Honeywell Compressor Contactor Upgrade Problem

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Old 05-18-14, 10:04 AM
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Honeywell Compressor Contactor Upgrade Problem

I ordered a replacement compressor contactor (Honeywell P/N R8242A 1032) and received a replacement contactor (Honeywell P/N DP1025A 5006) because the original part is obsolete. Here's my problem: The two parts do not have the same wiring designations and I am unsure how to wire this new part up to my unit.

The R8242A 1032 has terminals T1, T3, L1, L3, and two terminals labeled "C".
The DP1025 5006 has terminals T1, T2, L1, L2, A1 and A2.

I attempted wiring the new contactor in the following manner:
The wires that were connected to T1 went to T1 on the new part.
The wires that were connected to L1 went to L1 on the new part.
The wires that were connected to T3 went to T2 on the new part.
The wires that were connected to L3 went to L2 on the new part.
The two common wires on terminals "C" went to A1 and A2 on the new part.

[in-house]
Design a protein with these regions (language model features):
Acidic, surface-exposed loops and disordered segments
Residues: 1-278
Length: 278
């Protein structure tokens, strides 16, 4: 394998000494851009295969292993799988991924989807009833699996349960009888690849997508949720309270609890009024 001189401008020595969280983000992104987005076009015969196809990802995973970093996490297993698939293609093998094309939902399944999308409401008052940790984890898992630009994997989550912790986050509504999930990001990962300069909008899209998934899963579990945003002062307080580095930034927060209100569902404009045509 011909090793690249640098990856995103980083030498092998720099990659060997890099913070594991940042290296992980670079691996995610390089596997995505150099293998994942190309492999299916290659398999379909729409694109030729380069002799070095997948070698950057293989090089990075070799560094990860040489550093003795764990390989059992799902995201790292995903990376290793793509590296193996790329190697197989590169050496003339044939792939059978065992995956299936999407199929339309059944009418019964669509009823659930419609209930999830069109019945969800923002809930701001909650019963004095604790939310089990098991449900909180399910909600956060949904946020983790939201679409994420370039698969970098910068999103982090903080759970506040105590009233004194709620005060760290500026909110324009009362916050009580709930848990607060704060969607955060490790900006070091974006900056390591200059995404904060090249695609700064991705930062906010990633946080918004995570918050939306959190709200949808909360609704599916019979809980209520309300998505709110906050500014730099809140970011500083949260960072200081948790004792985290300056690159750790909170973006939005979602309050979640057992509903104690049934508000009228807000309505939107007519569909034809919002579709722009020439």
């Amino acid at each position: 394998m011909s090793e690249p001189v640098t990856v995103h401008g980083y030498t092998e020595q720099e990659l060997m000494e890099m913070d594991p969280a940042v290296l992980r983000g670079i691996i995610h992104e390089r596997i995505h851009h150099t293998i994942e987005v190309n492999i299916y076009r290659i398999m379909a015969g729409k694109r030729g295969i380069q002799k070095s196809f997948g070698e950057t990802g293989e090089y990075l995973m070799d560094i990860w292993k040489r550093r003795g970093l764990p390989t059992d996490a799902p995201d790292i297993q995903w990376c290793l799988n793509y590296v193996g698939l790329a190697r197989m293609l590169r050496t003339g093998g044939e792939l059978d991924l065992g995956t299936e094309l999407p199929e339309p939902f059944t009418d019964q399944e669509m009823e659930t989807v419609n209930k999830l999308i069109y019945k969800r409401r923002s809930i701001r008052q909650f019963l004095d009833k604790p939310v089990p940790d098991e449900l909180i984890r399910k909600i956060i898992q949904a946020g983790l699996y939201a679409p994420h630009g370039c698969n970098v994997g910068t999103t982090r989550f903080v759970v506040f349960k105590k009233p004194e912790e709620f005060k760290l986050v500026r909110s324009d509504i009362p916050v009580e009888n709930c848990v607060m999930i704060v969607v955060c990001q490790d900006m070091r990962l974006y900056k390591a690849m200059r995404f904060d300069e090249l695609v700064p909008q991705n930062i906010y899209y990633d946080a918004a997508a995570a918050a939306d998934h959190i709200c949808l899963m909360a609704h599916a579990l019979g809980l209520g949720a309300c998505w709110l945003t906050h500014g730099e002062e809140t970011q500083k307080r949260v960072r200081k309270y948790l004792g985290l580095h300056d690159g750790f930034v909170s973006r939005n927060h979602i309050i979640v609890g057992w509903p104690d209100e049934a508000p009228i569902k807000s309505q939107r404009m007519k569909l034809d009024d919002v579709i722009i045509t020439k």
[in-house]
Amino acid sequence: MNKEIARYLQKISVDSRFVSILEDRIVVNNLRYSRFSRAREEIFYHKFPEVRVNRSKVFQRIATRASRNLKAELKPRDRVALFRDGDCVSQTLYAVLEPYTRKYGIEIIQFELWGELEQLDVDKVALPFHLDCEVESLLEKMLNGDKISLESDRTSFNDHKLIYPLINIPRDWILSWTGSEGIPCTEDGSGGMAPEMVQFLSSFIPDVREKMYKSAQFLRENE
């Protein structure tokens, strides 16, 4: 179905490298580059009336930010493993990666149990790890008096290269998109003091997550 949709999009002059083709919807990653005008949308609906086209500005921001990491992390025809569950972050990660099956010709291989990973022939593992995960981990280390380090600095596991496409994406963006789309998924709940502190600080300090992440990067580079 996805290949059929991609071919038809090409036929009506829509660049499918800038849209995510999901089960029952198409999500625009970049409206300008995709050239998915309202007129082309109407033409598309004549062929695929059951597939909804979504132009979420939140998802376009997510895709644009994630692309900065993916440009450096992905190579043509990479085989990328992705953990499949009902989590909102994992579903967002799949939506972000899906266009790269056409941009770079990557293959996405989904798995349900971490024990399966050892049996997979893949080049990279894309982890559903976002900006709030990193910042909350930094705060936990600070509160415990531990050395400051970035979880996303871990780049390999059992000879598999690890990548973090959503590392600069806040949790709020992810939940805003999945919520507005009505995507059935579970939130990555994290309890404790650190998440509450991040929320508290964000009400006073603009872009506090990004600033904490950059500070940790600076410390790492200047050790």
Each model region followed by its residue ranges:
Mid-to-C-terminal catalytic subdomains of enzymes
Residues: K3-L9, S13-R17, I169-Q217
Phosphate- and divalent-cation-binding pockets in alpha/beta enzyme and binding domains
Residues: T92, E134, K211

This resulted in the compressor fan running continuously even with the inside unit turned off at the thermostat. It was my belief that the compressor and fan shouldn't turn on unless the inside blower unit turns on so I immediately shut the outside unit down, disconnected the new contactor part and reinstalled the original part until I can get this resolved.

I contacted Honeywell regarding this difference in terminal labeling over a week ago and have not received any response from them. Any help I can receive regarding this matter will be greatly appreciated.
 
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Old 05-18-14, 10:26 AM
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Can you post a pic of the old contactor that you put back in? also a pic of the new one?
 
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Old 05-18-14, 11:08 AM
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Is the original contactor , one switched pole or two ?

Is the new contactor , one switched pole or two ?

The pics should help .

The wires I would expect to see ;